Sunday, March 29, 2015

Sailing the Seven Seas of Cheese!

Ahoy matey! This be yer captain, ol' salty Yellowbeard! This evenin', I be takin' you sorry scalawags on a journey 'cross the roughest o' waters. In fact, they not be filled with water at all! This cruise-a be o'er...

The Seven Seas of Cheese!

Ahem... as I was saying. Tonight, I'm counting down my seven favorite types of cheese in no particular order. It couldn't be any simpler than that. Let's cut right to the heart of the matter, shall we?
  • Mozzarella - You can't go wrong with this choice. Mozzarella is so easily applicable to a wide range of dishes. While not only tasty, it's also one of the healthiest varieties of cheese produced. If you're looking to cut some calories in your diet, this is the cheese you want!
  • Muenster - In terms of sheer flavor, Muenster is hands down my favorite. It packs a plethora of punch - it's sweet, salty and a little bit tangy. It's not exactly diet-friendly, so eat it in moderation. Annatto is the spice that gives it such a unique and easily distinguishable flavor. If you need a cheese that melts easily, Muenster is perfect.
  • Havarti - This cheese originates from Denmark. It encompasses a buttery and salty flavor, making it great for crackers or hamburgers. Again, this is not a type of cheese that you should eat a lot of, so go easy.
  • Edam - What's amazing about Edam isn't necessarily the flavor, though it's still perfectly edible and flavorful. Edam shines because of its tendency to not spoil. As it ages, Edam merely hardens and develops a sharper flavor. It was the world's most popular type of cheese from the 1300's on through the 1700's; Edam was suited perfectly for long distance travel on ships. This cheese has a comparatively low fat content, making it a healthy choice among other varieties.
  • Cottage Cheese - Yep, this is an actual cheese and not just a play on words. It's like a prototype for standard cheese; the curds are not packed and a bit of whey remains. No aging is involved in the creation of Cottage Cheese. I like how versatile it is, though my favorite way to eat it is with some fresh fruit -- pineapple and cherries, preferably.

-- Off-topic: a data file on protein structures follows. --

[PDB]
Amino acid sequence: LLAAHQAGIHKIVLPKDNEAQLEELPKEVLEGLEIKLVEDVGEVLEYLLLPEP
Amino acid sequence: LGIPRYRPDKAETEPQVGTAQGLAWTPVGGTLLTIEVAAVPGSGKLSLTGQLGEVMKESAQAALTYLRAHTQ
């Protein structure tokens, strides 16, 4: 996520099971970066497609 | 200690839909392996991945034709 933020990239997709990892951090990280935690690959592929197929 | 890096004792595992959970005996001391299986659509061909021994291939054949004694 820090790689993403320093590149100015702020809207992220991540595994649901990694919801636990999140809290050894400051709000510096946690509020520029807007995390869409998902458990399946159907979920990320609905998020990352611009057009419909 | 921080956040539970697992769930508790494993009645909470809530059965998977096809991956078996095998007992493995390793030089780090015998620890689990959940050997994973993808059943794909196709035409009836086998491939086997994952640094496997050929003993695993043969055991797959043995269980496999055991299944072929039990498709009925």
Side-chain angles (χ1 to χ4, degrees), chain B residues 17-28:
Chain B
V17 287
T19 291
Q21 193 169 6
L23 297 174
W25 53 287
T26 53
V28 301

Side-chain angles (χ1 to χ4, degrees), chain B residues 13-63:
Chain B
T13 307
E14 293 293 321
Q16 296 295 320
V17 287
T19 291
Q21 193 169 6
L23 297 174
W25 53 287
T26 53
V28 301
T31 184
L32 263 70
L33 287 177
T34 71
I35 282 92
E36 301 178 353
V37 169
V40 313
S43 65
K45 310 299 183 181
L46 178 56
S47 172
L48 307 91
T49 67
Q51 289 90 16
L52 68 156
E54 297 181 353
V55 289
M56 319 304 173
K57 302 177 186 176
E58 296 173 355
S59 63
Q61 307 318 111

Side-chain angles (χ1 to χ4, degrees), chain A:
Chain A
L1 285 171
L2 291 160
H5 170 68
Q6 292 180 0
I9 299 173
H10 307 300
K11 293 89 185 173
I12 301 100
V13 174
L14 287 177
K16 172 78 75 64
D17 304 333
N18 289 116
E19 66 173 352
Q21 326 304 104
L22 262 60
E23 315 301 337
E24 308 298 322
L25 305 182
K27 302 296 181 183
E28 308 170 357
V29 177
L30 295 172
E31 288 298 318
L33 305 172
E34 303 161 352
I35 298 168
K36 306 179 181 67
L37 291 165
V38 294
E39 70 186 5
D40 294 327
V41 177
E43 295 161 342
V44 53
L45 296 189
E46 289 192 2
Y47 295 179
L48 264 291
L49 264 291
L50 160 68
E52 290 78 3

• Monterey Jack - This lovable cheese originated with Mexican friars in California during the 1700's, long before it earned its name. Leave it to a Scotsman to make it famous, though. During the California gold rush of 1849, a wily immigrant from Scotland named David Jack emigrated to America. He made a fortune selling it to miners and other Californians in the Monterey area, hence where it got its name. The rest, as they say, is history. The flavor kicks you in the tongue and is absolutely delightful.
  • Red Windsor - I've only been lucky enough to try this type of cheese twice in my life, but boy is it worth it. It has a very similar consistency to American Cheddar, but with an added twist. The cheese is surprisingly marbled with a Bordeaux or other red wine, giving it a strange internal pink glow. The flavor is what you'd expect -- cheese and wine rolled into one. Though, it's more mellow than your tongue might anticipate.
Avast, we passed through the Seven Seas of Cheese to calmer shores! Did ye see those harpies callin' out on the rocks?! How about those whales -- they be all yellow! ARGH! 

1 comment:

  1. Cottage cheese isn't yellow. If it is, take it back.